• Know that it is a redox reaction by a change in oxidation states

Oxidation States

• Oxidation Numbers: signifies the number of charges an atom would have in a molecule or ionic compound if electrons were completely transferred
• Know which atom has been reduced/oxidized based on the changes in their oxidation states

○ Reduced = charge/oxidation state decreases (gains electrons); Oxidizing agent: electron acceptor

○ Oxidized = charge/oxidation state increases (loses electrons); Reducing agent: electron donor

○ Na is oxidized = reducing agent; chlorine is reduced = oxidizing agent

• Note: actual charges are written n+ or n-; oxidation states are written +n or –n

Oxidation State Rules

1. Any element by itself: 0
2. Monatomic ion = charge of ionO
3. Oxygen is usually -2 in its compounds

● Exception: peroxide (O²) which is -1

4. Hydrogen: +1

5. Fluorine and the rest of the halogens are -1 (most of the time)

6. Sulfur in SO4: +6

● Sum of oxidation states = 0 in compounds; sum of oxidation states = charge of the ion

● When don’t have rule for one of atoms/polyatomic ions, use the atom that does have a rule to find out oxidation state

Balancing Oxidation-Reduction Equations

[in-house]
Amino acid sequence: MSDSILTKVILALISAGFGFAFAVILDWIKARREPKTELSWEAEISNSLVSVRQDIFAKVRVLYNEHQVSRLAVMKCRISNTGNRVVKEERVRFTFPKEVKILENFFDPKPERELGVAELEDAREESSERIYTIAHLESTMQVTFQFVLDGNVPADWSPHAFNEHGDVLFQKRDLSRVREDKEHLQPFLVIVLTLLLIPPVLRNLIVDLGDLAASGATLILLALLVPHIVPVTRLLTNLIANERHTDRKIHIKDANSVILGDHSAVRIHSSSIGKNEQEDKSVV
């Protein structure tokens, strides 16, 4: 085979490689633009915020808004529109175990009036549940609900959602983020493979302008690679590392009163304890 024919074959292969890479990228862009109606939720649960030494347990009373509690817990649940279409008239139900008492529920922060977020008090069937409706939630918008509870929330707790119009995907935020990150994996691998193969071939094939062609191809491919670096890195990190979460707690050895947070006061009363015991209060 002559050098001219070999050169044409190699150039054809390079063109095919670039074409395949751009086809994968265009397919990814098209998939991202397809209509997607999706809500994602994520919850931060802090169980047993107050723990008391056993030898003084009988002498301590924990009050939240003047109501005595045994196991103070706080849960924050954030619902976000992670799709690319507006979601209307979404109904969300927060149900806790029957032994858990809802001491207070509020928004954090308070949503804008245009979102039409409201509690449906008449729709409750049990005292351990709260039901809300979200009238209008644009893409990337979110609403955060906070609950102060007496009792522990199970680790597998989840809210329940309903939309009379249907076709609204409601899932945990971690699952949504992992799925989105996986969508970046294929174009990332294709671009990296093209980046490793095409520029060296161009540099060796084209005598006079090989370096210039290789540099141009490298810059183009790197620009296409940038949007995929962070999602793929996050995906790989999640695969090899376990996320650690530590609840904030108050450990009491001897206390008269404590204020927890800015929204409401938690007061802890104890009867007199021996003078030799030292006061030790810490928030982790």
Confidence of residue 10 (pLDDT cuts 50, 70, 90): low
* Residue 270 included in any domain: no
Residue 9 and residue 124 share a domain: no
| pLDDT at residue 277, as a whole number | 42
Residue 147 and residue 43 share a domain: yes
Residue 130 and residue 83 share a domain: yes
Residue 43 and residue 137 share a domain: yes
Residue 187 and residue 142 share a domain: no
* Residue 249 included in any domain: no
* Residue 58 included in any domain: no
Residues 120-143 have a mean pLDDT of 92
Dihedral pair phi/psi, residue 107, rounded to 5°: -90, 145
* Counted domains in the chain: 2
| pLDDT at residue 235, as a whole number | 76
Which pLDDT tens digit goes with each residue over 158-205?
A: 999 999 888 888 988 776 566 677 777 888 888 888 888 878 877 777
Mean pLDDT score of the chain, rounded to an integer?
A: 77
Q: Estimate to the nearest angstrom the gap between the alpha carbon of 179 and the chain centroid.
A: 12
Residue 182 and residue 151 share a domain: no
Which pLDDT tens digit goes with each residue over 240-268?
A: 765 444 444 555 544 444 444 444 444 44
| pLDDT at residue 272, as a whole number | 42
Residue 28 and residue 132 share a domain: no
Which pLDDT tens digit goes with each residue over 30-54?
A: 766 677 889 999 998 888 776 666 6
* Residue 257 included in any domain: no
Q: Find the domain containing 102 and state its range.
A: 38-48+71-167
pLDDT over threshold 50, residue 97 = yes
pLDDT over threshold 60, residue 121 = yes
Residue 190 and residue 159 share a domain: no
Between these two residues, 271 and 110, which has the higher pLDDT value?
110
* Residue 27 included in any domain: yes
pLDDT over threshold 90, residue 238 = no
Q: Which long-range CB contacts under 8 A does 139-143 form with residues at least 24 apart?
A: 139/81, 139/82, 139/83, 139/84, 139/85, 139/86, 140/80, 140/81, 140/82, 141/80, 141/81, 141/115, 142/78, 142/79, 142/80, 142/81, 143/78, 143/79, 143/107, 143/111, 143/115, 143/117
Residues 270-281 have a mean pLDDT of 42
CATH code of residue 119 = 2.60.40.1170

Using Oxidation Numbers

1. Assign oxidation numbers to each atom
2. Determine which atoms are being reduced and oxidized
3. Write each half-reactions
4. Balance elements
5. For each half-reaction, balance charge using electrons

●  Electrons must be on opposite sides and MUST have the same coefficients

1. If necessary, multiply by integer to equalize electron count
2. Add up half-reactions and write overall equation
3. Balance remaining elements/compounds

Redox Reactions in Acidic Solutions vs Basic Solutions

Acidic Solutions

• Reaction involves H+ ions → For each half-reaction

○ Balance all elements except H and O

○ Balance oxygen using H2O

○ Balance H using H+

○ Balance the charge using electrons

Basic Solutions

• Reaction involves OH- ions → For each half-reaction

○ Use the above method to obtain the final balanced equation as if H+ were present

○ Add a number of OH- that is equal to the number of H+ ions to both sides of the equation

■ We want to eliminate H+ by forming H2O

○ Eliminate the number of H2O molecules that appear on both sides of the equation

○ Check that the elements and charges are balanced